Educational Psychologist
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Taking the Punishment out of Discipline

"Discipline is the prelude to freedom. Therefore, we enter willingly into discipline to gain freedom." -John-Roger

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Discipline has been a scary word for me. Maybe it stems from a childhood fear of being disciplined by my parents. Now as an adult the idea of being disciplined with myself in terms of work habits or diet/exercise or mental/emotional habits sounds so stringent and rigorous. I’m a nerd for etymology. When I looked up the origin of the word “discipline,” unsurprisingly it comes from the Old French word descepline, which means punishment. However, it also derives from the Latin word disciplina, which means instruction, teaching, learning, or knowledge. In English, these two origins evolved into the same word and I think that is quite unfortunate.

Even though I have avoided it, I am learning to embrace it because, as this quote states, it is a prelude to freedom, and freedom is what I (and many others) are ultimately after. Instead of looking at discipline from the Old French punishment perspective, I encourage all of us (myself included) to focus on the Latin root of word. By focusing on what a particular task has to teach us, we can view discipline as an exploratory learning process. And like all learning process, they take time, there will be mistakes, and, given enough effort and interest, we will master it. Being disciplined in something is no different than learning any other thing you’ve ever had to learn in your life. You have to stick with it.

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Different people have varying degrees of ease with discipline, particularly in different areas. For example, having discipline with my eating is fairly easy for me. Do I eat super clean 100% of the time? No, but I do probably 90% of the time. For some people disciplined eating is a HUGE struggle. However, I work from home and I often struggle with creating a disciplined writing habit. I tend to work in frenzied spurts, where I work feverishly for days or weeks (or, in the case of my dissertation, months) and then barely work for a little while. Some say this is actually a good way to work (that book from USM), however I’d like to feel less pressure and stress about writing so that I could develop a daily (or near daily) habit of it.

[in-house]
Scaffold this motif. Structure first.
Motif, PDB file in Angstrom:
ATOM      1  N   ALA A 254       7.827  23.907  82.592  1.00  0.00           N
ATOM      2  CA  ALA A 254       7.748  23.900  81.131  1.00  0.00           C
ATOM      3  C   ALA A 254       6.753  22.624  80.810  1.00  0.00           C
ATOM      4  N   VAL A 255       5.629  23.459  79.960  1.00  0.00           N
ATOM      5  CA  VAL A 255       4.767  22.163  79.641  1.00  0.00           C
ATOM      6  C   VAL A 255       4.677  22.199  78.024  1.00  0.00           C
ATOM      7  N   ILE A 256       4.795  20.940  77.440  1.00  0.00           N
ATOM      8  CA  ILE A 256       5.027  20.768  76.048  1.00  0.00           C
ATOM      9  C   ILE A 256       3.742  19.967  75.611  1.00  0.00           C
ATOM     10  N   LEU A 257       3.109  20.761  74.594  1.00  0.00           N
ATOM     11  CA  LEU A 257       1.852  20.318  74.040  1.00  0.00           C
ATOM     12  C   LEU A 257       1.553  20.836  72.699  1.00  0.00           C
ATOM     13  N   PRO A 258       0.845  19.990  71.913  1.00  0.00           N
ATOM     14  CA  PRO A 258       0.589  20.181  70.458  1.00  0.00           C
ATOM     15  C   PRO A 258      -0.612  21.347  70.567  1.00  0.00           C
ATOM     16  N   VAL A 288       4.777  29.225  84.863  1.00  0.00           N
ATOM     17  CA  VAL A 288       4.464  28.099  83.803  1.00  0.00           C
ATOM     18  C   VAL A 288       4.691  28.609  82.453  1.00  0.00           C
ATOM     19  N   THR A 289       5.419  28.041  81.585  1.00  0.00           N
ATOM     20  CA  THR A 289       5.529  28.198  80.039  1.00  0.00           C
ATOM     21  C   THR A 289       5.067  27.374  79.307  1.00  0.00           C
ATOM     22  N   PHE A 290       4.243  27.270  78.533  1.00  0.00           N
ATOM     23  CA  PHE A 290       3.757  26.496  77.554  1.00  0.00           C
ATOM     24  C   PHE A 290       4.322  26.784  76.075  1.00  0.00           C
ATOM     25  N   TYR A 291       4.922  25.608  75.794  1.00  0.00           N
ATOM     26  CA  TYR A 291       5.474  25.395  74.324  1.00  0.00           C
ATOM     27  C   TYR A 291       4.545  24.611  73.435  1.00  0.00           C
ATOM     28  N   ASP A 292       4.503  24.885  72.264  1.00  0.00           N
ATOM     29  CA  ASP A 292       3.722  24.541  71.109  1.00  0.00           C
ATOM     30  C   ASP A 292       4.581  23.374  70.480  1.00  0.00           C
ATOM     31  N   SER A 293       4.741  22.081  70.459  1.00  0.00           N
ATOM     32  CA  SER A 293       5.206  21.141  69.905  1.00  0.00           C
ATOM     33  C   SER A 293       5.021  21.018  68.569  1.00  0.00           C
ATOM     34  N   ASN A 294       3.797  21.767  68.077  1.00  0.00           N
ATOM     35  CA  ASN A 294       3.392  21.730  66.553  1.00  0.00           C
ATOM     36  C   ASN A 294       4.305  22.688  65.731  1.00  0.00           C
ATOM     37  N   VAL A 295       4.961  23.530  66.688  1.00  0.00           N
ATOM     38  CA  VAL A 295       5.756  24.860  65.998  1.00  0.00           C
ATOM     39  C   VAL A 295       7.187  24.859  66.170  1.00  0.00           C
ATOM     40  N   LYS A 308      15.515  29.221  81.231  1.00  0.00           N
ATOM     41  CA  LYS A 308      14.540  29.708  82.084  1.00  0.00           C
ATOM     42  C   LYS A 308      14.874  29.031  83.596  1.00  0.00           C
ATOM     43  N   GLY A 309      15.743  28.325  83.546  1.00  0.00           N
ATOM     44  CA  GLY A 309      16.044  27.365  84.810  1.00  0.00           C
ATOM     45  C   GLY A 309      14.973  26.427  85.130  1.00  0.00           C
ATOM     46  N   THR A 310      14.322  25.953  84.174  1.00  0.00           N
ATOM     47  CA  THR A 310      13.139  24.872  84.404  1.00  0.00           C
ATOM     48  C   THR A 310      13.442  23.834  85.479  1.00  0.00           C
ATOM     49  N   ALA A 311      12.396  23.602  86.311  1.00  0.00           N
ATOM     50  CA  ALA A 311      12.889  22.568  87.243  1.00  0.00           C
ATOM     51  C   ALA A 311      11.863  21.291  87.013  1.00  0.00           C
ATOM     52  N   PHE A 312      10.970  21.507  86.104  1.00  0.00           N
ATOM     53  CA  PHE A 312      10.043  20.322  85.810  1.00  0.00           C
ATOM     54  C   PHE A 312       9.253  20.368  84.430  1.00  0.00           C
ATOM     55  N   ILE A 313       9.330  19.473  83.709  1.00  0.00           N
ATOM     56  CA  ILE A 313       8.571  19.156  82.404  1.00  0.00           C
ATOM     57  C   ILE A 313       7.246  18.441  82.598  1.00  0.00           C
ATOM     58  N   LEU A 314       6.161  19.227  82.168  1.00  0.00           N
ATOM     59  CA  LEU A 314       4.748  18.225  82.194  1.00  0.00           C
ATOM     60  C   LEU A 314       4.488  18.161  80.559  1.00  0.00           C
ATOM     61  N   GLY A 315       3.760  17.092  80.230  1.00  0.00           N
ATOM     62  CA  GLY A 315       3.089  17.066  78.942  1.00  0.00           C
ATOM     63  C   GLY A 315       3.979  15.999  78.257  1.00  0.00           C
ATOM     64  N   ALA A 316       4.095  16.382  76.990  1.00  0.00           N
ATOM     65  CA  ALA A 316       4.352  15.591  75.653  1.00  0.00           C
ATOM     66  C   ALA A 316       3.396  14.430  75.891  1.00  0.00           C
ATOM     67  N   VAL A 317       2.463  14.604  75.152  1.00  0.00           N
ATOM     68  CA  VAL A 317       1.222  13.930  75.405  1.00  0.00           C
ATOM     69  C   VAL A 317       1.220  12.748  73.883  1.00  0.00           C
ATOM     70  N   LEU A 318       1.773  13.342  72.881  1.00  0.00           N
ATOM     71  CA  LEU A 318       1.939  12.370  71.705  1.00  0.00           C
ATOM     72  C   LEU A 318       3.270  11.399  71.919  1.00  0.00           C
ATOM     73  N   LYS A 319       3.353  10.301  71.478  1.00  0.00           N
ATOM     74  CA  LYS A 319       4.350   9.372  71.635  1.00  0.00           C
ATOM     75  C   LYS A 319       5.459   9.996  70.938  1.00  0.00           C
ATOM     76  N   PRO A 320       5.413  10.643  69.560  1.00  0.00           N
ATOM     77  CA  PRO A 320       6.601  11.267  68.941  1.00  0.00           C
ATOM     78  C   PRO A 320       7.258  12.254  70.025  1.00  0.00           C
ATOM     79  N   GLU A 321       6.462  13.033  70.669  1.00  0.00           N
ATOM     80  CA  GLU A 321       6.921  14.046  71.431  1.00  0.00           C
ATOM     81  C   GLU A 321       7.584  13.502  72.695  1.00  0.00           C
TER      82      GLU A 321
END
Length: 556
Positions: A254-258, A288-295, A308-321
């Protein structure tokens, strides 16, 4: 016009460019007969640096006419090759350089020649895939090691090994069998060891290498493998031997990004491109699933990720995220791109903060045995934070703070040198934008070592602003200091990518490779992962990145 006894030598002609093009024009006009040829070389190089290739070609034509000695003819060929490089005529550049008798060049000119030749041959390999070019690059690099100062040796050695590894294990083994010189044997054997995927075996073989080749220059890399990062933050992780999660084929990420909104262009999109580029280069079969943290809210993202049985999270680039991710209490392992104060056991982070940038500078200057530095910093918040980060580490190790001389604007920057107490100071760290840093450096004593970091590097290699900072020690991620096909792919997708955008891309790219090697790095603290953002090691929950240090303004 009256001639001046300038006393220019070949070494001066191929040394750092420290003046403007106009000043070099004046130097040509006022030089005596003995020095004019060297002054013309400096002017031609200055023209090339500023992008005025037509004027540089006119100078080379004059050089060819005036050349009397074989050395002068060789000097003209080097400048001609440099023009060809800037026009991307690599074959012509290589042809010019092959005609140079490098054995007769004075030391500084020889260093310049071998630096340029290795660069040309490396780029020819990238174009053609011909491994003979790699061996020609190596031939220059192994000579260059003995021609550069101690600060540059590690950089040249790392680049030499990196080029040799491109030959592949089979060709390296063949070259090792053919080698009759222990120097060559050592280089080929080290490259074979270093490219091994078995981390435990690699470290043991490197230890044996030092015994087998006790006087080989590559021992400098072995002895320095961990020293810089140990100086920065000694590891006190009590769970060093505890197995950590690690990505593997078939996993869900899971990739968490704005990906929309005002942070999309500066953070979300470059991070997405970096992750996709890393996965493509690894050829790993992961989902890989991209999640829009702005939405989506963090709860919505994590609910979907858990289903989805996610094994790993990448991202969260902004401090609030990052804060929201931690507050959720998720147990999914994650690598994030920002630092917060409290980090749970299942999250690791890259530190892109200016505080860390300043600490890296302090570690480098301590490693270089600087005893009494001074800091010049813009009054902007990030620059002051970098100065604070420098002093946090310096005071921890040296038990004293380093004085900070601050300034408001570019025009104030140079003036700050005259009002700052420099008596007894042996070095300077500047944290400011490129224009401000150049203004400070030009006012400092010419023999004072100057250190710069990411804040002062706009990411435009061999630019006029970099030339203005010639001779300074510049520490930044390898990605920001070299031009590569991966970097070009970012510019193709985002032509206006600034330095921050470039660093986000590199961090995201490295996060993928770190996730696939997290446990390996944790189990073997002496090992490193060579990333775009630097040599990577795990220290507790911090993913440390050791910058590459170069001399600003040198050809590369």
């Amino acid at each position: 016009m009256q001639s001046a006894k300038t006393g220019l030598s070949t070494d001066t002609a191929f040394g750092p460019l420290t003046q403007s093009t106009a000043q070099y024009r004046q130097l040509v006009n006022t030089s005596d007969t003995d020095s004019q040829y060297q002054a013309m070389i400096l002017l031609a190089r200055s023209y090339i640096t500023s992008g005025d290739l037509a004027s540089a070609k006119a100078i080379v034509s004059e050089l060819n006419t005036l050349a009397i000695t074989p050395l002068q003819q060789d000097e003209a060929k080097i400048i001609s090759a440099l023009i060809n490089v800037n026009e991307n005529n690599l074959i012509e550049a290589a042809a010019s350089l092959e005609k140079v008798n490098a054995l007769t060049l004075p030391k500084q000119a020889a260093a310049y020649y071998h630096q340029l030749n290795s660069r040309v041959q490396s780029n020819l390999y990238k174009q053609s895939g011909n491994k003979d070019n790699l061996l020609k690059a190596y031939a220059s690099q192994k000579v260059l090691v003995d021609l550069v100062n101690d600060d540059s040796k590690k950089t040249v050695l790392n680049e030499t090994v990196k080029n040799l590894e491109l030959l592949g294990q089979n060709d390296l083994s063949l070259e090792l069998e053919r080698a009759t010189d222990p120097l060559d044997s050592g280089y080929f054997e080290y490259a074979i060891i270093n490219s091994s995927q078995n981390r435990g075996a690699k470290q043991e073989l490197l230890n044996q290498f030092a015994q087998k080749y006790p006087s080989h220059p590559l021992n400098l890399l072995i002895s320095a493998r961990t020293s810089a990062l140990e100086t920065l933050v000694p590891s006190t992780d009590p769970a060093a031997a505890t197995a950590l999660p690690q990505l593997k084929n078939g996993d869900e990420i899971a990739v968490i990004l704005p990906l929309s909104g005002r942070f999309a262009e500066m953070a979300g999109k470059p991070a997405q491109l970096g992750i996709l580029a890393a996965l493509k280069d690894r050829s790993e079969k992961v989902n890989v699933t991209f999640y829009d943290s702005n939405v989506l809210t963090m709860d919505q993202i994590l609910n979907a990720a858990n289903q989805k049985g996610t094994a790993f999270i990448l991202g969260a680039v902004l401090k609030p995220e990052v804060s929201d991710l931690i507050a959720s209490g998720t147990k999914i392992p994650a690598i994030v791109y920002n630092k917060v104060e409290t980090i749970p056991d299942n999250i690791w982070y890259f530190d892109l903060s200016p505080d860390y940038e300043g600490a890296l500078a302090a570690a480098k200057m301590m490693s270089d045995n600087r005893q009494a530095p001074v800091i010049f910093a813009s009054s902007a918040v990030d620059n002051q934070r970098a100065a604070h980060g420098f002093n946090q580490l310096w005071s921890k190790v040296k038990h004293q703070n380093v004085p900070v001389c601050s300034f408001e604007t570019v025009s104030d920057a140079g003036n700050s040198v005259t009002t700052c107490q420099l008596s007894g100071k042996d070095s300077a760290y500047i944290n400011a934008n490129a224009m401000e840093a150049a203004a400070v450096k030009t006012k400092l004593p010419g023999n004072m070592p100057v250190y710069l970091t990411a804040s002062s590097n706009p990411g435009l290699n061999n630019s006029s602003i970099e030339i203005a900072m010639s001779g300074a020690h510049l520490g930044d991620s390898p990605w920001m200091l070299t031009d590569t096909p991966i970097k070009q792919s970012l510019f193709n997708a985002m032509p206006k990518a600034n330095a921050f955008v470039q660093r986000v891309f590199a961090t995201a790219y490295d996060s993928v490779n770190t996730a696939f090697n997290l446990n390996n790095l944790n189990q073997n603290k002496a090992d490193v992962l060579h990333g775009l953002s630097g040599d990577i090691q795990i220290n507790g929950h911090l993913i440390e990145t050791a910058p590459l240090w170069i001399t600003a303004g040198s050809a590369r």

And back to the quote, discipline creates freedom. By engaging in loving, disciplined habits, we free of mental and emotional energy to spend in other, more constructive areas of our lives. If I were more disciplined with my writing, for example, I would experience less stress when deadlines loom, knowing that I had already put consistent time and effort into the project.

So how do we create more discipline and thus more freedom? 1) When building a new habit, I cannot over-state the value of SUPPORT SYSTEMS. Get an accountability buddy or join an online writing group (I recommend www.academicladder.com).  2) TRACK YOUR PROGRESS. Put a tracking sheet somewhere you will see it every day (preferably twice a day). In the morning look at the things you have to do and in the evening check off the ones you have done. Use stickers if your inner child will respond to that (see #3). 3) REWARD YOURSELF. It is so easy to overlook this step. I used to completely skip it too! However, if you fail to acknowledge and reward yourself for the small steps you take and accomplishments you make, motivation and discipline that you are working to build will not be sustainable. Rewards do not have to be physical (and often shouldn’t!). Take a minute to acknowledge yourself, smile, give yourself a hug, share your wins with a friend or partner, tell yourself that you are proud of yourself.

Annette Ponnock